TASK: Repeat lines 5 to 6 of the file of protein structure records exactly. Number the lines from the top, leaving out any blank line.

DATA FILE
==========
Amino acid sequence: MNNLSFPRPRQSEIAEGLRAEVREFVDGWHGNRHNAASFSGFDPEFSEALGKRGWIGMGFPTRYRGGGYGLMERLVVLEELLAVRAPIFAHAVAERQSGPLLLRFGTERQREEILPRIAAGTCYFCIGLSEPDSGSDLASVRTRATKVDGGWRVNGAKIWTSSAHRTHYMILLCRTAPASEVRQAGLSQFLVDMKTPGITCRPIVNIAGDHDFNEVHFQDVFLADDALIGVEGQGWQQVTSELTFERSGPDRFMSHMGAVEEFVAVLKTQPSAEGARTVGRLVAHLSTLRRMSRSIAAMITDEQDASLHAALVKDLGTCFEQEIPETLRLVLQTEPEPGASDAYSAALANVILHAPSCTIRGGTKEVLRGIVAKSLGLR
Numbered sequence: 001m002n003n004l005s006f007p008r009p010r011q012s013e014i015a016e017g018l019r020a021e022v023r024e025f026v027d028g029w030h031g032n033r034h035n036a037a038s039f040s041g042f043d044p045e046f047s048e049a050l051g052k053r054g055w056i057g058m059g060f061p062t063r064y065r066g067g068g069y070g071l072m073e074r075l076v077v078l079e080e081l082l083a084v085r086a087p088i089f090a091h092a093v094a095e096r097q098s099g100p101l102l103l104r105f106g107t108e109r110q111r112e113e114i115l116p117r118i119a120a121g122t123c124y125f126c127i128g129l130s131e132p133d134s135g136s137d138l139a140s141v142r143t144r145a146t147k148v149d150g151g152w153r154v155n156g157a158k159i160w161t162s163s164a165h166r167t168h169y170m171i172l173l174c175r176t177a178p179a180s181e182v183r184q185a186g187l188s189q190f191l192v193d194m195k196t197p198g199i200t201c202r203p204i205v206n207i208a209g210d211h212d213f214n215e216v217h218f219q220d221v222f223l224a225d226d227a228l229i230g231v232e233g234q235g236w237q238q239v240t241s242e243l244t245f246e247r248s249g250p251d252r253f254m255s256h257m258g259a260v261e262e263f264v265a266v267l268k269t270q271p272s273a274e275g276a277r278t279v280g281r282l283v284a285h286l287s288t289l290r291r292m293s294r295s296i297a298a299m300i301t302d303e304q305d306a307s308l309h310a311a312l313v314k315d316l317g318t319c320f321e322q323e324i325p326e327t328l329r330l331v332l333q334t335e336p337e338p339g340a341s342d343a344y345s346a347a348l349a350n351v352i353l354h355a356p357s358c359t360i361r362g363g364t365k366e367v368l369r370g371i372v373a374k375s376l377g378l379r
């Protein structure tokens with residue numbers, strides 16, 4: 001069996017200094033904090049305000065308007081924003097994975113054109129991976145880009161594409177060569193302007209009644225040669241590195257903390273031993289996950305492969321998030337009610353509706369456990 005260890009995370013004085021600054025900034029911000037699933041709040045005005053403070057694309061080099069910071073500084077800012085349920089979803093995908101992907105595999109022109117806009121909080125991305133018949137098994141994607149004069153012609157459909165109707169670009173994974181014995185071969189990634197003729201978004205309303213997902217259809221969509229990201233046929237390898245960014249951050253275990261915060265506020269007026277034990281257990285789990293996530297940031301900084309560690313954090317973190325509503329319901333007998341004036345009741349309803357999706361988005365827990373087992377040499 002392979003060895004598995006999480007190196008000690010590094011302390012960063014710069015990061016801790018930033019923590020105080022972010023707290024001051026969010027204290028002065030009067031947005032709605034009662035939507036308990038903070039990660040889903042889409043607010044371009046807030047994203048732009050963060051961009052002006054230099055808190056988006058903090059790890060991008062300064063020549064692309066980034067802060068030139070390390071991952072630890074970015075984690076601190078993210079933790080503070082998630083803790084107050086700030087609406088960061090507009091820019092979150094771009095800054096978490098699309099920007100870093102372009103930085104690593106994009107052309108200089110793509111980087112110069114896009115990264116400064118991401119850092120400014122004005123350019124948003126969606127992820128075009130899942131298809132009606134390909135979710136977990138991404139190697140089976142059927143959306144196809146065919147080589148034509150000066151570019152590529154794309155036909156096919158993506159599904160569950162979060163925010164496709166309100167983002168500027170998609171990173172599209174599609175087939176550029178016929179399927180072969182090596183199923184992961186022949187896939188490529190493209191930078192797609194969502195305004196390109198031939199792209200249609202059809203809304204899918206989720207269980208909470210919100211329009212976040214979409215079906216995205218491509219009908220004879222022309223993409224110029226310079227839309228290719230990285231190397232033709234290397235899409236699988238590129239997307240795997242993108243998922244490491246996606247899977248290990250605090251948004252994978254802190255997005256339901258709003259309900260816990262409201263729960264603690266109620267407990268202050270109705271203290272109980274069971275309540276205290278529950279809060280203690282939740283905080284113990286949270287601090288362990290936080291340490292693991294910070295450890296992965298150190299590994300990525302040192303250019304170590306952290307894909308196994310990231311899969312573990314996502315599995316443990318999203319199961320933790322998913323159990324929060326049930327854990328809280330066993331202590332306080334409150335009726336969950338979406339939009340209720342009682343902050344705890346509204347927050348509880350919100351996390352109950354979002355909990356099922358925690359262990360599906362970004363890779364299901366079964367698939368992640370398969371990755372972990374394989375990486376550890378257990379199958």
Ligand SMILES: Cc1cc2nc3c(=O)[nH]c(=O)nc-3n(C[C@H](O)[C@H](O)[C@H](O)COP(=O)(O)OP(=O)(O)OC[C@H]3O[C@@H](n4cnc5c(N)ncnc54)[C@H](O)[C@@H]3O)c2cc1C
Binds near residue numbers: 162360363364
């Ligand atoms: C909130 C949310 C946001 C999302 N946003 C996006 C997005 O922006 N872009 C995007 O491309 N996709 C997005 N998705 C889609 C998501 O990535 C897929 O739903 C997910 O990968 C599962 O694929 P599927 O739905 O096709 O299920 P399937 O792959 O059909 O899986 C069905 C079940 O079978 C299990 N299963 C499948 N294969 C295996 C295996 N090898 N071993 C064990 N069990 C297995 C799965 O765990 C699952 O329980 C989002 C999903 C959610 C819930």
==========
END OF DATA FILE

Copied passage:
Binds near residue numbers: 162360363364
């Ligand atoms: C909130 C949310 C946001 C999302 N946003 C996006 C997005 O922006 N872009 C995007 O491309 N996709 C997005 N998705 C889609 C998501 O990535 C897929 O739903 C997910 O990968 C599962 O694929 P599927 O739905 O096709 O299920 P399937 O792959 O059909 O899986 C069905 C079940 O079978 C299990 N299963 C499948 N294969 C295996 C295996 N090898 N071993 C064990 N069990 C297995 C799965 O765990 C699952 O329980 C989002 C999903 C959610 C819930």